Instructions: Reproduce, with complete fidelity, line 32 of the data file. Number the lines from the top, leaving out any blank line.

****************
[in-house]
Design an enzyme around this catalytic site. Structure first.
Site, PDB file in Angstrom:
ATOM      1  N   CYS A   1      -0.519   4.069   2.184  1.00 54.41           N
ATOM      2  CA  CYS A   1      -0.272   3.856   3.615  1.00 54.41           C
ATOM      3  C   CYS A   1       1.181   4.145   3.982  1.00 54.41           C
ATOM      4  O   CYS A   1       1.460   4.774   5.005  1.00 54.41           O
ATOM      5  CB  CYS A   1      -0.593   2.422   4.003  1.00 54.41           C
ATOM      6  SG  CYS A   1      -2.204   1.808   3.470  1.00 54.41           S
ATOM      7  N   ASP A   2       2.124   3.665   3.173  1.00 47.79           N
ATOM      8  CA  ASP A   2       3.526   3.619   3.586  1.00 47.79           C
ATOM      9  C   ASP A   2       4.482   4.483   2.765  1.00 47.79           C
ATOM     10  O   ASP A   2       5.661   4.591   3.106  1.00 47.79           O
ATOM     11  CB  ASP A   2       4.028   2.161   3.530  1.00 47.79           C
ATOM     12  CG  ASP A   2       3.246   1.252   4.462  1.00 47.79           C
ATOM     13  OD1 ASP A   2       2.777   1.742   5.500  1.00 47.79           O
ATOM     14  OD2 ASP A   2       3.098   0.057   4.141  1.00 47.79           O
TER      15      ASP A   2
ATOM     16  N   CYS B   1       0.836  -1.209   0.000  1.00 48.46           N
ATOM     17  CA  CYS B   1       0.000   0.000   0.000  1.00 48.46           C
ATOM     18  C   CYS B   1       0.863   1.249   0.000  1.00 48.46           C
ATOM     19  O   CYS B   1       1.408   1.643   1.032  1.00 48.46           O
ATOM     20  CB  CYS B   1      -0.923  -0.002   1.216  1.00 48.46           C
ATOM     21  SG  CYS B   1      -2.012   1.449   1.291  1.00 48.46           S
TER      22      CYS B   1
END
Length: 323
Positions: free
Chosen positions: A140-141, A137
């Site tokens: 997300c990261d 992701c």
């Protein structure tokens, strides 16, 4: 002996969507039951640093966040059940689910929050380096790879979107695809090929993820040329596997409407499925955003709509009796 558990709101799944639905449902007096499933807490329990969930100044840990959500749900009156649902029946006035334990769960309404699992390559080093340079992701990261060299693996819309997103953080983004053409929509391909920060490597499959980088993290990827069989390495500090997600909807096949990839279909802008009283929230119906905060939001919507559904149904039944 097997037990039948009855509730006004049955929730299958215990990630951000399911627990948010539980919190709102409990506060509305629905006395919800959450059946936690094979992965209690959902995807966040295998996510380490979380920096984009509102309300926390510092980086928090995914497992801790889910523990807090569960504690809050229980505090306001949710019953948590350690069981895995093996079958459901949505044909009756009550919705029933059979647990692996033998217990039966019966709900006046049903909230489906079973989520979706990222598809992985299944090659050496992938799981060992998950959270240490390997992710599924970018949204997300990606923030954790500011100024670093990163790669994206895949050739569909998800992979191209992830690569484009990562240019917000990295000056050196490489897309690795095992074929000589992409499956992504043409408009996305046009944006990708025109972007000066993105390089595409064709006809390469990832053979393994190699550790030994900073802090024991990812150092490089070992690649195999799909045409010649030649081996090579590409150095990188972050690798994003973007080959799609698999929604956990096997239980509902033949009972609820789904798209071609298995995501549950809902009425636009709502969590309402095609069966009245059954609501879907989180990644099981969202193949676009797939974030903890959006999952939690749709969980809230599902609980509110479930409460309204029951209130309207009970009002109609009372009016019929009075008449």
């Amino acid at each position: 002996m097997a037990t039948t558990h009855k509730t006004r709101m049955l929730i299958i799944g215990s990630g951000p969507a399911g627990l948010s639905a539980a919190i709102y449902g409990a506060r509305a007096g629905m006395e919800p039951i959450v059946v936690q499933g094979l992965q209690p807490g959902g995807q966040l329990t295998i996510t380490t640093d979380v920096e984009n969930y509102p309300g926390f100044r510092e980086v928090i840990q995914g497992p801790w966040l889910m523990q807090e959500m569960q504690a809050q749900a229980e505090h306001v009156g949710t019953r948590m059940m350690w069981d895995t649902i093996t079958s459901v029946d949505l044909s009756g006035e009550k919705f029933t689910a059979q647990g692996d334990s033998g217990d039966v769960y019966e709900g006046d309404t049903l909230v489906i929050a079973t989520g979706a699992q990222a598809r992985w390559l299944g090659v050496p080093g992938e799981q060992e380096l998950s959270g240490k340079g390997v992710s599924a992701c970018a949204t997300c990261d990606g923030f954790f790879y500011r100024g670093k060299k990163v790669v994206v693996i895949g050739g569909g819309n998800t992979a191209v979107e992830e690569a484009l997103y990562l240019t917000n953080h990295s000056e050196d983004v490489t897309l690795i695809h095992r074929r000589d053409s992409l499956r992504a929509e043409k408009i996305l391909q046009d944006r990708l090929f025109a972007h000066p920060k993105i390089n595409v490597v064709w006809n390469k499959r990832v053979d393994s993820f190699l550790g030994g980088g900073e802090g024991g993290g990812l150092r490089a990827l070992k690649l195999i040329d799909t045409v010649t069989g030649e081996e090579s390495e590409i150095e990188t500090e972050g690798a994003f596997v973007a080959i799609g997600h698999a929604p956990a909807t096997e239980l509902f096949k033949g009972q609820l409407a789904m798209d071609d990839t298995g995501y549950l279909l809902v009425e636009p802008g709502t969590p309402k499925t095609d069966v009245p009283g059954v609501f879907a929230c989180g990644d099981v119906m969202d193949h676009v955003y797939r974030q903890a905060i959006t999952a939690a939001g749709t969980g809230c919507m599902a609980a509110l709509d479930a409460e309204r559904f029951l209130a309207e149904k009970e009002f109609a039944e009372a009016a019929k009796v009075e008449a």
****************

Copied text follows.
């Amino acid at each position: 002996m097997a037990t039948t558990h009855k509730t006004r709101m049955l929730i299958i799944g215990s990630g951000p969507a399911g627990l948010s639905a539980a919190i709102y449902g409990a506060r509305a007096g629905m006395e919800p039951i959450v059946v936690q499933g094979l992965q209690p807490g959902g995807q966040l329990t295998i996510t380490t640093d979380v920096e984009n969930y509102p309300g926390f100044r510092e980086v928090i840990q995914g497992p801790w966040l889910m523990q807090e959500m569960q504690a809050q749900a229980e505090h306001v009156g949710t019953r948590m059940m350690w069981d895995t649902i093996t079958s459901v029946d949505l044909s009756g006035e009550k919705f029933t689910a059979q647990g692996d334990s033998g217990d039966v769960y019966e709900g006046d309404t049903l909230v489906i929050a079973t989520g979706a699992q990222a598809r992985w390559l299944g090659v050496p080093g992938e799981q060992e380096l998950s959270g240490k340079g390997v992710s599924a992701c970018a949204t997300c990261d990606g923030f954790f790879y500011r100024g670093k060299k990163v790669v994206v693996i895949g050739g569909g819309n998800t992979a191209v979107e992830e690569a484009l997103y990562l240019t917000n953080h990295s000056e050196d983004v490489t897309l690795i695809h095992r074929r000589d053409s992409l499956r992504a929509e043409k408009i996305l391909q046009d944006r990708l090929f025109a972007h000066p920060k993105i390089n595409v490597v064709w006809n390469k499959r990832v053979d393994s993820f190699l550790g030994g980088g900073e802090g024991g993290g990812l150092r490089a990827l070992k690649l195999i040329d799909t045409v010649t069989g030649e081996e090579s390495e590409i150095e990188t500090e972050g690798a994003f596997v973007a080959i799609g997600h698999a929604p956990a909807t096997e239980l509902f096949k033949g009972q609820l409407a789904m798209d071609d990839t298995g995501y549950l279909l809902v009425e636009p802008g709502t969590p309402k499925t095609d069966v009245p009283g059954v609501f879907a929230c989180g990644d099981v119906m969202d193949h676009v955003y797939r974030q903890a905060i959006t999952a939690a939001g749709t969980g809230c919507m599902a609980a509110l709509d479930a409460e309204r559904f029951l209130a309207e149904k009970e009002f109609a039944e009372a009016a019929k009796v009075e008449a």